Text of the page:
Mr. Star Wars is that kid who will knock on your door and ask to rake your leaves for a nominal fee. He likes earning money. He reminds me a little of Henry Huggins. One of my dearest friends’ parents is organizing a convention for a large organization and needs 500 Rainbow Loom bracelets. TheRoomFriend threw out a request for the bracelets probably without really expecting a response. I offered Mr. Star Wars’ services. As you may have gathered, when we dive into a project at TheRoomMom’s house there is no tolerance for low effort or half assed commitment. It’s over-the-top extreme project work or nothing at all.
Since Friday, we have “loomed” 189 bracelets. Mr. Star Wars is getting paid per bracelet. More importantly, he has used just about every 3rd grade math and time management skill he has to complete this job. Here is the list of skills we covered with this job order. I am tempted to match it to the Common Core Standards that are all the buzz right now, but I will refrain.
- Pre-Planning— Before we committed to the order, Mr. Star Wars made one sample bracelet. We needed to know the time it would take to finish one bracelet and how many bands we would use in each bracelet. We created a ladies’ size (24 bands) and a men’s size (28 bands).
- Setting Manageable Goals (Ha! As if I ever limit myself to the manageable and appropriate level)– We committed to 100 bands and agreed to try to make more.
- Mental Math— The order is for green and yellow bracelets. I hit every store in our area for the right colors. We bought bags of 600, 300, and 100. There were fewer yellow available and various shades of green. We had to do a little mental math at the store to calculate how many bands we would need to make at least 100 bracelets.
- Rounding— we rounded each bracelet to 25 bands since that divides into 100 so nicely. A bag of 600 would give us about 24 bracelets. I bought extra… just in case we felt like making more than 100 (as if there was any doubt).
The Assembly Line
- Patterns— We couldn’t just open every bag of bands and dump them on the table. The bracelet colors had to be consistent. We use 2-3 shades of green and 1 yellow in each bracelet.
- Math Facts— Do you remember the math facts tips from last week? Mr. Star Wars had to calculate how many bands he needed in each color for each sized bracelet. He came up with several groupings. In the ladies’ size, we have 3 colors of 8 bands each or 4 colors of 6 bands each. In the men’s size, we have 3 colors of 9 bands each and add one extra of the starting color or 4 colors of 7 bands each.
- Grouping— We count out the groups of bands in coordinating colors into a 12-cup cupcake pan. We produce 12 bracelets at a time and then re-fill the cupcake pan. After 4 groups of 12 in one size, we make 2 more for a total of 50. We then switch to the other sized bracelet.
- Collaboration— When we started, it took Mr. Star Wars about 5 minutes to make 1 single chain Rainbow Loom bracelet. Pulling the bands off the crochet hook and over the next band was slowing him down. We figured out a tandem system where one person holds the crochet hook, and the other moves the bands. We cut the production time to less than 3 minutes per bracelet.
- Problem Solving— We negotiated a price per bracelet that did not include the materials. When we set the price, we worked out the number of bracelets we could make in an hour, and Mr. Star Wars came up with an hourly rate. We then divided the number of bracelets by the cost per hour and proposed a price.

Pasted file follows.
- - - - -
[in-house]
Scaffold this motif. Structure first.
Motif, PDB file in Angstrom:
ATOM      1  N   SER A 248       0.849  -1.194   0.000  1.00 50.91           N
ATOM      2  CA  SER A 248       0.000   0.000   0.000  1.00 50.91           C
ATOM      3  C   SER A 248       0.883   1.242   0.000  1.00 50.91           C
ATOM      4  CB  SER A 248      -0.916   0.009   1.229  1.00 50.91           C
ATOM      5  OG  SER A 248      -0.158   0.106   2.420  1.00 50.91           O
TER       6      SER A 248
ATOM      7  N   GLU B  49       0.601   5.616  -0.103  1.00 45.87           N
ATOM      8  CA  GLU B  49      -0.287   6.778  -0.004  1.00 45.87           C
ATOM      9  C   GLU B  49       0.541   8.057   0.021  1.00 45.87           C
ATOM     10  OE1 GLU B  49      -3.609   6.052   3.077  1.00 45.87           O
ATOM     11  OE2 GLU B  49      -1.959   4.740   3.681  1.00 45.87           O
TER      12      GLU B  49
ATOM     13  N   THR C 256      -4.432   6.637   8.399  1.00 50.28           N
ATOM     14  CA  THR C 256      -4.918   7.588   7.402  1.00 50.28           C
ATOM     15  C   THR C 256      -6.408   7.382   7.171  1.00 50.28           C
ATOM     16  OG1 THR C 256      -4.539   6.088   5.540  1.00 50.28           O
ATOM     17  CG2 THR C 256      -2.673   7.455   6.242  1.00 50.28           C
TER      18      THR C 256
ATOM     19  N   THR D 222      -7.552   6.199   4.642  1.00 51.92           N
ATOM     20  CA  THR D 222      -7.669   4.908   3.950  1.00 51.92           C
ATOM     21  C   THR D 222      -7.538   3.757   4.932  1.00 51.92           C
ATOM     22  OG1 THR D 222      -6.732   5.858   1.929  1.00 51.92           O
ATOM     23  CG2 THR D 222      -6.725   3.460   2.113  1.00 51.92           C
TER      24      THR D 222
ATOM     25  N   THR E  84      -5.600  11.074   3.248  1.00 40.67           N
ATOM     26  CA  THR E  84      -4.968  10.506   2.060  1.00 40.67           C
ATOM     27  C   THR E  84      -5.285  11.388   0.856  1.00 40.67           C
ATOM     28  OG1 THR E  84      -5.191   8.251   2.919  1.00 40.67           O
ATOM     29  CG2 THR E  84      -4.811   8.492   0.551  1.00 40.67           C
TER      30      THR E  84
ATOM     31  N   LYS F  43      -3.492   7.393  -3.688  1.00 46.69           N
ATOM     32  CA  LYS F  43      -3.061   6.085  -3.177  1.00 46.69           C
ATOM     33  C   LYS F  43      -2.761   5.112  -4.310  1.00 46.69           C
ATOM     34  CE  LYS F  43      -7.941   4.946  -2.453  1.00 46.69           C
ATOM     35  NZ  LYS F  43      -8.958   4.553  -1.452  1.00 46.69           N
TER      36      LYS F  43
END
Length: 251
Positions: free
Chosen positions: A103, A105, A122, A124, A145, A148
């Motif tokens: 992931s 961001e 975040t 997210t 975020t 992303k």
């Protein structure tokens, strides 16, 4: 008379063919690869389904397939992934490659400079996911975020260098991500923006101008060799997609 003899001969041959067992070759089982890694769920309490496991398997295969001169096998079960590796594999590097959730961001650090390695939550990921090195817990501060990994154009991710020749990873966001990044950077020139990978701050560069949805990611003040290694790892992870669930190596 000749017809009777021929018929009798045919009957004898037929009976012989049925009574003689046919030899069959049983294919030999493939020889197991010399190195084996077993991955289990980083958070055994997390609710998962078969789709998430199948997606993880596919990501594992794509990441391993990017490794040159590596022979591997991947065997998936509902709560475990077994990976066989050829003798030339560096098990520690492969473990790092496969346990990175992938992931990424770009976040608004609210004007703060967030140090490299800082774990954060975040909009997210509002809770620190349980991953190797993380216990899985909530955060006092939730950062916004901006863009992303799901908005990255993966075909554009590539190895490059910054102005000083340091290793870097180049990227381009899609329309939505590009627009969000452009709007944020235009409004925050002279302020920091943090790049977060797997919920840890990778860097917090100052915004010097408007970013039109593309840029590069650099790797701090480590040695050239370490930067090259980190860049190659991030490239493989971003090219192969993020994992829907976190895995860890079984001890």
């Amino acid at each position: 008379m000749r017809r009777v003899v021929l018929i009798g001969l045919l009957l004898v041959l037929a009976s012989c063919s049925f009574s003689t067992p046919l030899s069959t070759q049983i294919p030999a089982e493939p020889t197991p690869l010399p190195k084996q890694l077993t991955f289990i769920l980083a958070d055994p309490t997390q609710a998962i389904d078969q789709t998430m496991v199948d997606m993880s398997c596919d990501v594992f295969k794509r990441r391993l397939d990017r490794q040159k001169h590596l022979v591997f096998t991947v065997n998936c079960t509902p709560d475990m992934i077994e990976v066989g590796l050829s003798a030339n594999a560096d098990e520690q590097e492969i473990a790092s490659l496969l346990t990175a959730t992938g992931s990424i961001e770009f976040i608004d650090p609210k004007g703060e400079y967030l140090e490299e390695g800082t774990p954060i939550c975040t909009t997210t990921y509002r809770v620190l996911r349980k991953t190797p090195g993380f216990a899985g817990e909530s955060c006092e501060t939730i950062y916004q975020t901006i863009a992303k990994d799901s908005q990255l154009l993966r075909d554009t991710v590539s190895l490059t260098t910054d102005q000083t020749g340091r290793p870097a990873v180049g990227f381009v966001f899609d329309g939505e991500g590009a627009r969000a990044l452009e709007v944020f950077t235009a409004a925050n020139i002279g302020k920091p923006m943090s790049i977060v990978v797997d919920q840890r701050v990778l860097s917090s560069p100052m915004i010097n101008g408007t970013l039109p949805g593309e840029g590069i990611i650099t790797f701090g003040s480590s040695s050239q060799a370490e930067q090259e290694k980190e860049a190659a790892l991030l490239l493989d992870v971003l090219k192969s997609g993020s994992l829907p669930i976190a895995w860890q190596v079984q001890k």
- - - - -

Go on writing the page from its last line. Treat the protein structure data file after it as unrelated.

- Earnings— Mr. Star Wars constantly calculates how much he will earn every time we finish another group of bracelets. Our price per bracelet is less than a dollar, so he is having to convert cents to dollars.
- Time Management— We need to mail the bracelets by Saturday in order for TheRoomFriend to get them in time. We set a goal (200) and divided that by the days we had. We had more time to work this past weekend than we will this week, so we adjusted for that. We set a quota for each day.
- Rewards— TheRoomFriend offered us a bonus for any bracelets we make above 200. We should hit 200 by tonight (Mr. Star Wars and Miss Priss are looming while I type). We now have an incentive to go above the goal. I have to say, I am impressed and would hire Mr. Star Wars in a heartbeat.
I think you may be adopted by the room-friend-parents any day now.
ee– I would love to join! Seriously, it has been such a good project. PT is so thrilled about his paycheck.
Tell Mr. Star Wars we’re rooting for him to complete the entire order of 500 on his own. I’ll be the first investor in his business in about 10 years. Love that darling boy!
We are not going to make 500. 300– maybe. School is getting in the way!
This would be a great group project for things like mini-enterprise week in schools. What sort of age group would you recommend it for?
It would be a great student project. I probably would not go younger than 3rd grade (8/9 years old). My first grader helps us, but she loses interest after about 6 bracelets and needs constant breaks. Mr. Star Wars definitely has the better attention span! I would also have the kids work in pairs with the crochet hook and that blue plastic thing (does it have a name?). We abandoned the actual Rainbow Loom when we figured out the partner system with the hook. It is much more efficient.
Whoa. That is a LOT of bracelets! 🙂
Can you believe it?
I am just glad that I am not the only one who’s life has been hijacked by Rainbow Looms
Hijacked! That is a perfect description.